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Conversations with William Gooding

Today we’d like to introduce you to William Gooding.

Hi William, thanks for joining us today. We’d love for you to start by introducing yourself.
Becoming a musician was really sort of a coping mechanism. You know how a lot of parents make their kid take piano lessons at seven just to see what works and what doesn’t? That was definitely my childhood. I enjoyed it enough and my piano teacher kept saying “you have a good ear”, but I never practiced so my progress was slow. It wasn’t until about three years later, when my mom entered the hospital, that I really started to realize how much I needed music. That’s when I picked up a guitar and when it ultimately clicked. My mother passed shortly after that and I lost a part of myself. I lived with my uncle from here on out and, luckily for me, he was very supportive and helped push the music narrative. It was the only outlet I had to deal with the grief of losing my mother, eventually my father, and my friend as well. Later on, it also helped me cope with being an out gay teenager in Virginia.

In middle school, I picked up the bass in the orchestra which gave me more formal training than my guitar or piano playing ever did. Being a part of a group and hearing how my sound affected others was super important because it showed me the big picture of how songs worked.

Fast forward to high school and I’ve joined the jazz band and been upgraded to the “string ensemble” (which was harder music in a smaller group). Outside of school, I had played in my share of rock bands and started producing on the side for fun. It was around this time that I started thinking I could be a musician as a full-time career thus my interest in music school began. That’s when Berklee College of Music crossed my path.

I dedicated myself to music throughout the rest of high school, starting my own DJ business, playing in small jazz groups, producing my own music, and my school efforts. I even briefly toured Europe with an orchestra for three weeks. So by the time Berklee auditions approached, I felt more than ready. Despite my own confidence, plenty of people in my support group lightly questioned my ability to get in. While I understood the realism and appreciated some people looking out for me, it was also a bit painful as well.

Thankfully, Berklee saw something in me and I was accepted. My time at Berklee was great and I learned a lot while I was there. I worked hard as hell and graduated early. I looked for work in Boston but, as shocking as it is, the music industry in Boston isn’t that big. So at the end of 2019, I moved to LA. Shortly after that, Covid-19 hit.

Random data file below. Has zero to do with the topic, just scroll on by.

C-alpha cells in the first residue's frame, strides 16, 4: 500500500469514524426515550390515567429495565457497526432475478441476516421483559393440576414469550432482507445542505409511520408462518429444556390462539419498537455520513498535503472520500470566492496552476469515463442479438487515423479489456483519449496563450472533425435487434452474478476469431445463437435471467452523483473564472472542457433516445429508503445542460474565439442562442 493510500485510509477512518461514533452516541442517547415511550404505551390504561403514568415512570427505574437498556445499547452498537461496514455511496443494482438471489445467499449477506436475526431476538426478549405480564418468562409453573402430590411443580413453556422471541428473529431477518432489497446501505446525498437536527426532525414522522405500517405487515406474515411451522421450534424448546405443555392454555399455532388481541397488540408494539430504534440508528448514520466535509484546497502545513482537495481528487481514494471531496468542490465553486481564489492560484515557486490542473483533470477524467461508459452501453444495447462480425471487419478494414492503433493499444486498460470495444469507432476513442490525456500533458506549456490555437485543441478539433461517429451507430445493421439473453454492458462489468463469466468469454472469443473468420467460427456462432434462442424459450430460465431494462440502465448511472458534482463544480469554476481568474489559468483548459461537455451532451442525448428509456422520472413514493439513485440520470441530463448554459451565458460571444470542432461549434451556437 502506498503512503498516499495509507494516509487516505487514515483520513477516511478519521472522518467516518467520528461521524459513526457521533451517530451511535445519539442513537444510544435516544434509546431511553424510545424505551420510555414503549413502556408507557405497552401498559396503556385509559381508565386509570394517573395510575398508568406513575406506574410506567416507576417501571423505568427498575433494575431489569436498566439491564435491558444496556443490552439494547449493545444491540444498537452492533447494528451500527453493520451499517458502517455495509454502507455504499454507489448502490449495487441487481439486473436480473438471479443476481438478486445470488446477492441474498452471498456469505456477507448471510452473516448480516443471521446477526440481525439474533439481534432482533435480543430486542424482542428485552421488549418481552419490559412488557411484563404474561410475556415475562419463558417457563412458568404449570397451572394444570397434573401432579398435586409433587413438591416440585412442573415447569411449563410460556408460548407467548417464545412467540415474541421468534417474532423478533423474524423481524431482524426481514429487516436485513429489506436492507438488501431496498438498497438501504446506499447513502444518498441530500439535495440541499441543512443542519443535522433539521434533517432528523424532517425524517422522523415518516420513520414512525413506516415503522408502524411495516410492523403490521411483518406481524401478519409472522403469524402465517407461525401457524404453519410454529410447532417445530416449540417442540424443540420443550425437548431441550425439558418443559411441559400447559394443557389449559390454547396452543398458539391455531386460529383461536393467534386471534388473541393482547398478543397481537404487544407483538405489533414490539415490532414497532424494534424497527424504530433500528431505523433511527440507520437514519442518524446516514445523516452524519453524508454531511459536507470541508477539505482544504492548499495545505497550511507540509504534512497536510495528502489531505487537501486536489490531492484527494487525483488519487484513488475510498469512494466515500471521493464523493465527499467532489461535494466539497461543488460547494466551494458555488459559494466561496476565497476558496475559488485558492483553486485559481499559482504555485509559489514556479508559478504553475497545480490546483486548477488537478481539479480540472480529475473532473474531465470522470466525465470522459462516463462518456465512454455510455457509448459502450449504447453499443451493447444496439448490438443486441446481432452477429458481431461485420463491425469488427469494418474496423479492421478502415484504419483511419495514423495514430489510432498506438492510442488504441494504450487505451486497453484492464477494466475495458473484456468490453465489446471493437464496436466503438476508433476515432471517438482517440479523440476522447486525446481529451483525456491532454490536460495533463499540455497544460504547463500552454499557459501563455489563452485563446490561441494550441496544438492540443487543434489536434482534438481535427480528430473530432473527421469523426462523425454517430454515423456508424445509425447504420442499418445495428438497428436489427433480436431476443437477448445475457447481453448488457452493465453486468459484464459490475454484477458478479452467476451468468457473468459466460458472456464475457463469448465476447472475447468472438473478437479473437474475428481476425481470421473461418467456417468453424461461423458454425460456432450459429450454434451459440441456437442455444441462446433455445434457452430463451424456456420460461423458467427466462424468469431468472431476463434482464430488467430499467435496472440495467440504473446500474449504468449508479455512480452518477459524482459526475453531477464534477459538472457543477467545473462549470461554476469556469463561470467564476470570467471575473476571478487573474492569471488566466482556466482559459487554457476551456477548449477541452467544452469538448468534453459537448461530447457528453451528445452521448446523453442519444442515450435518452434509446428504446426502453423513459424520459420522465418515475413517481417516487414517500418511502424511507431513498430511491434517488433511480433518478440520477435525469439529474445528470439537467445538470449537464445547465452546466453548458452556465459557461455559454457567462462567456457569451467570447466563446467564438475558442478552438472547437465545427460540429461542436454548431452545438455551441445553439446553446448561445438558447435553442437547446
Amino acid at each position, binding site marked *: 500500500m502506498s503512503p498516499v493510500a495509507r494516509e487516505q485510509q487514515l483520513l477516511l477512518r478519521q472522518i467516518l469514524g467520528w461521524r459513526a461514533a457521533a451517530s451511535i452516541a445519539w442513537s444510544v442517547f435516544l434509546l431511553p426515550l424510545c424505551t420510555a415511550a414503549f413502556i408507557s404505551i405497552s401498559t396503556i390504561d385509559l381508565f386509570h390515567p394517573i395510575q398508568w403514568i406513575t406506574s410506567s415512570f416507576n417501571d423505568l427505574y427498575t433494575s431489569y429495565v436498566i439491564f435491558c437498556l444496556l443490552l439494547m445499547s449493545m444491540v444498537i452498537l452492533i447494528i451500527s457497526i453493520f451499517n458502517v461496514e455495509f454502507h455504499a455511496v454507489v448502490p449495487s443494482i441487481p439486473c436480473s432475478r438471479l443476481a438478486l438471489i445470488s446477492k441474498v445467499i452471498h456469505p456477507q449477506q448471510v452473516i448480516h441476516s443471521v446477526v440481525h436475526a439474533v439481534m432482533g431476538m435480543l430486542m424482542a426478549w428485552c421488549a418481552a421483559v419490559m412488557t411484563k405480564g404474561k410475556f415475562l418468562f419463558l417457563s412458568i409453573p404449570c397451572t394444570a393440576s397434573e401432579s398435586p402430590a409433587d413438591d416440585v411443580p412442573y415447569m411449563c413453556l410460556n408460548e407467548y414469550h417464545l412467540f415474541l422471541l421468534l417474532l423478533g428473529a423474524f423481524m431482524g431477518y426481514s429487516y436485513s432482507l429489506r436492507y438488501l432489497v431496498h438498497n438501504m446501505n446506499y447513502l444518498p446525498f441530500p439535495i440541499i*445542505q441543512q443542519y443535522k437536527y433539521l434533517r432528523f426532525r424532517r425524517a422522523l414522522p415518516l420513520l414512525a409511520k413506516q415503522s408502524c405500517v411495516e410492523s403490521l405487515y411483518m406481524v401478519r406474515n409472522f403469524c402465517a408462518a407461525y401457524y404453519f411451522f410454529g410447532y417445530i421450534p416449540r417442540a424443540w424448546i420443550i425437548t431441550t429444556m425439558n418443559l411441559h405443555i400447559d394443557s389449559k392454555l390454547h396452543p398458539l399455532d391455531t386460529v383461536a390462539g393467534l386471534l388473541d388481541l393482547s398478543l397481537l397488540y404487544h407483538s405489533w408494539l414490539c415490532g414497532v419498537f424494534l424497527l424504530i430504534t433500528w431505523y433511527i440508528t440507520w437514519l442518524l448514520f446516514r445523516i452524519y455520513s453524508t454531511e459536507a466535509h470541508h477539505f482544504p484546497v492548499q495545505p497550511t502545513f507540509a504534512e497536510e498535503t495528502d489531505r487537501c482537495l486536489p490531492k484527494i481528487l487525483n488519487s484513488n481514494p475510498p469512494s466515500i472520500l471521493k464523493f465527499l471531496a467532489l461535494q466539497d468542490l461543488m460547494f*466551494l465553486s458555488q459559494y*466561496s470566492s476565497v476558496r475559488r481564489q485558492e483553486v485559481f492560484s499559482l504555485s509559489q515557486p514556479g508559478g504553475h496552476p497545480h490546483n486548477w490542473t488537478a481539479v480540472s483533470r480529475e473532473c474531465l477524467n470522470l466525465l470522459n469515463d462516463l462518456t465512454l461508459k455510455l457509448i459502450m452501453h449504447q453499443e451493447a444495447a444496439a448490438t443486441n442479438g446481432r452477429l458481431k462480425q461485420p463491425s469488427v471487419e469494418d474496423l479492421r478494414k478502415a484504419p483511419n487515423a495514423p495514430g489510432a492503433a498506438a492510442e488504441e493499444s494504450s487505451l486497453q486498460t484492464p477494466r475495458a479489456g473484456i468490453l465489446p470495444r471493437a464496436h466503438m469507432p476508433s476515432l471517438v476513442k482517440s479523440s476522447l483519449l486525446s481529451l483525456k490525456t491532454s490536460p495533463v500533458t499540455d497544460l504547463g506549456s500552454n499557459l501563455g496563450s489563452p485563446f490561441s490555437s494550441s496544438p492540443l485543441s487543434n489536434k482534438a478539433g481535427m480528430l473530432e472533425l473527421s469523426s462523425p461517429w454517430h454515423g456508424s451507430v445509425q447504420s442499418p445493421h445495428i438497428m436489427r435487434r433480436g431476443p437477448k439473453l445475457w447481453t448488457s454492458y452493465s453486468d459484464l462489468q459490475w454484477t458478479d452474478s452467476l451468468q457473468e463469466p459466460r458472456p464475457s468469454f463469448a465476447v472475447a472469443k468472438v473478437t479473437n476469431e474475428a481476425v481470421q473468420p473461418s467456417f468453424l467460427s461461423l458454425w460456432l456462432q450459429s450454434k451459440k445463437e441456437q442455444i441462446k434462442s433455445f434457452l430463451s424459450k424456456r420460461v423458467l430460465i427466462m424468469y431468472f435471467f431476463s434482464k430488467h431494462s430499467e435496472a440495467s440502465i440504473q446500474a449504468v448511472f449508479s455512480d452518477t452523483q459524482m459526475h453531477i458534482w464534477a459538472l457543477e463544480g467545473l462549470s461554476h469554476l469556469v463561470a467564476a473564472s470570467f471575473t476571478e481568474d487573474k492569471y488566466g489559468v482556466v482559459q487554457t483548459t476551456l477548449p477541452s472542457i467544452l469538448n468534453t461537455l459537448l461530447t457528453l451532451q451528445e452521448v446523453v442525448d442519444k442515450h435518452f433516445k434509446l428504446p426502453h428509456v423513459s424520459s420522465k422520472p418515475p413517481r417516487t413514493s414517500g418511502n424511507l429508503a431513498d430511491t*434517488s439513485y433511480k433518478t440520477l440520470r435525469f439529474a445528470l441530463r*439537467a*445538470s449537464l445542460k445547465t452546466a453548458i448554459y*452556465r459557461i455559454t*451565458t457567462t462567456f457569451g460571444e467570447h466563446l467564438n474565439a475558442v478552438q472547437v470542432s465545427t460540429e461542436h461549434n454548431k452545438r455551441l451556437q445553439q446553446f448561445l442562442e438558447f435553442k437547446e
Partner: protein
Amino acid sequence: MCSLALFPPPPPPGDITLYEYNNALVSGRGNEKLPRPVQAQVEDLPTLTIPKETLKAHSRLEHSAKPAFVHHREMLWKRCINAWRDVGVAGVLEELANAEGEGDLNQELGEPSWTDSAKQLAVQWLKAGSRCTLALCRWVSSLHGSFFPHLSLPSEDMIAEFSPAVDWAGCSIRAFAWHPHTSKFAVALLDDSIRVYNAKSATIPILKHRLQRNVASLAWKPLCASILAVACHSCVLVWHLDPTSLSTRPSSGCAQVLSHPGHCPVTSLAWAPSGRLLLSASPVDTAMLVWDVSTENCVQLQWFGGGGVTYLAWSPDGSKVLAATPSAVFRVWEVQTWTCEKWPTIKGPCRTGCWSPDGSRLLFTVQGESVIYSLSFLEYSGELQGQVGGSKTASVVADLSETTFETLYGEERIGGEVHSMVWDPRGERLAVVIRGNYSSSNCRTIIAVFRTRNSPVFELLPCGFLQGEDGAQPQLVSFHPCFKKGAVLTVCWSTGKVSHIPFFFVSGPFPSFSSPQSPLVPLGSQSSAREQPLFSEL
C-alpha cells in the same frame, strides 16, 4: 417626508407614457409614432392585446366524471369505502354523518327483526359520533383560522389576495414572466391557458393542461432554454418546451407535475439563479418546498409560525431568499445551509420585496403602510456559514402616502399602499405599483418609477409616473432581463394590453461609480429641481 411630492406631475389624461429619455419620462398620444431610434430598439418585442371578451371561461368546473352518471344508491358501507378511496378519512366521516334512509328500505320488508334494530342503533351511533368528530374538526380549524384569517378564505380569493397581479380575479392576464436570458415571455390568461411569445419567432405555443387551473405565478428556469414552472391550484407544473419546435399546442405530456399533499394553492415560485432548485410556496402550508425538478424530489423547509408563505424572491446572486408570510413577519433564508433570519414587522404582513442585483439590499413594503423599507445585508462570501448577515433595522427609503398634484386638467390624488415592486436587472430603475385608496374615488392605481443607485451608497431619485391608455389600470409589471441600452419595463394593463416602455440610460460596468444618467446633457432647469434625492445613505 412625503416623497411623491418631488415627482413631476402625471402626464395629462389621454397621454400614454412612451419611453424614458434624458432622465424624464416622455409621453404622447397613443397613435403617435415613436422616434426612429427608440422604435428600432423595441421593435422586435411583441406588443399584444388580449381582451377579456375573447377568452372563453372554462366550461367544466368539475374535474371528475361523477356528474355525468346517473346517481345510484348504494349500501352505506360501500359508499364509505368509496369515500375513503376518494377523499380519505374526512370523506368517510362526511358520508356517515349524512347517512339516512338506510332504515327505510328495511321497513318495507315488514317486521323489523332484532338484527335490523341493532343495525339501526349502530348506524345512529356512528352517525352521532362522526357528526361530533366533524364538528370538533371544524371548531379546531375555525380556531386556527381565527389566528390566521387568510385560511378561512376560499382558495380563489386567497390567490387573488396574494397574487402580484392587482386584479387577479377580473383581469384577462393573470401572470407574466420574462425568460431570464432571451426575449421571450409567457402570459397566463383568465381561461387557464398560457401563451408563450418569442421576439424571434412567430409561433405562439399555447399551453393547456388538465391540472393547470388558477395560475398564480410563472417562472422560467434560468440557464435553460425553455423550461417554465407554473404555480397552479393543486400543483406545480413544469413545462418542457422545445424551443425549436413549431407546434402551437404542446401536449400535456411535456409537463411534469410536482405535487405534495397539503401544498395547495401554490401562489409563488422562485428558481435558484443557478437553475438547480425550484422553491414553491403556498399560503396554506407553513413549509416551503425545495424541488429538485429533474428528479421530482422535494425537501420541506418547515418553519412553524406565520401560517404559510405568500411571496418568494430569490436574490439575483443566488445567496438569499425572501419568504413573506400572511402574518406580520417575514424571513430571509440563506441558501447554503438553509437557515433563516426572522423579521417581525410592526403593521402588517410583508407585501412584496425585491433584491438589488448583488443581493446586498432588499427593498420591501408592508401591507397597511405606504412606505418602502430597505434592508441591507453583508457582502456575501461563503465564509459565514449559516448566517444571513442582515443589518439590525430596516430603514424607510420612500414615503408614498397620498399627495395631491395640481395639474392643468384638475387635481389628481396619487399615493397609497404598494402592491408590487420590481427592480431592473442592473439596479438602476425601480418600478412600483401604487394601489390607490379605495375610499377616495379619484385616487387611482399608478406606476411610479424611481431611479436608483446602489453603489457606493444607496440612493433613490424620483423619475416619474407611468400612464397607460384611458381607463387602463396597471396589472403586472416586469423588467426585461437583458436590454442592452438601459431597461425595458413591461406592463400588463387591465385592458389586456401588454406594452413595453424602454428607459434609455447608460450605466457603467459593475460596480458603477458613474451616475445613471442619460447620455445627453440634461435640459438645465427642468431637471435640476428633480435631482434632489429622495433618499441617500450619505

Things are finally just starting to pick up and I am slowly starting to make a name for myself. To make this journey a bit easier, I decided to go to grad school at Berklee using their online program. This year alone has brought me many projects including indie films, YouTube shows, and VO reels for actors. Hopefully, these trends continue because I’d really love to own a house one day.

We all face challenges, but looking back would you describe it as a relatively smooth road?
My parents got a divorce when I was young so I had to flip flop between their homes a lot up until my mom died. I went to live with my uncle while my dad kind of floated out of the picture. My dad ended up passing away when I was 15 and then one of my closest friends did a year later. On top of all of these things, I decided to come out and live my truth while I was a teenager. Virginia wasn’t the *worst* place for gay people but it definitely wasn’t the friendliest. I was never assaulted but I was threatened a lot. Somehow I managed to not be in the wrong place at the wrong time. Then there was the usual self-doubt when it came to being a musician and always comparing yourself to others. That’s probably here forever though as that’s the curse of being a “creative” it seems.

Appreciate you sharing that. What else should we know about what you do?
I am a music producer and multi-instrumentalist. My Bachelor’s is in Electronic Production & Design, while my Master’s is going to be in Music Production. So naturally, I have a lot of musical instruments and equipment in my apartment. I make my own music under the moniker “//Thorns” but I also do a lot of work for other people as well. I record vocal talent, compose scores, sound design, mix/master, and collaborate with other artists. I’m known for making sad electronic/alternative music apparently? It changes depending on my mood, to be honest. I don’t like being put into a single genre so I play with a bunch of them. Despite that, I’d have to say I do learn electronics most of the time. I think what sets me apart is the sheer amount of melodrama in my music. Just kidding! Kind of. I’m an emotional person okay? I need everyone to know!

What quality or characteristic do you feel is most important to your success?
Relatability. How can I get people to work with me if I can’t connect with them? How can I get them to listen to my music and *feel* something if I don’t connect with them? Relatability is an important quality for me, or anyone, to have.

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Myself Alex Humphreys

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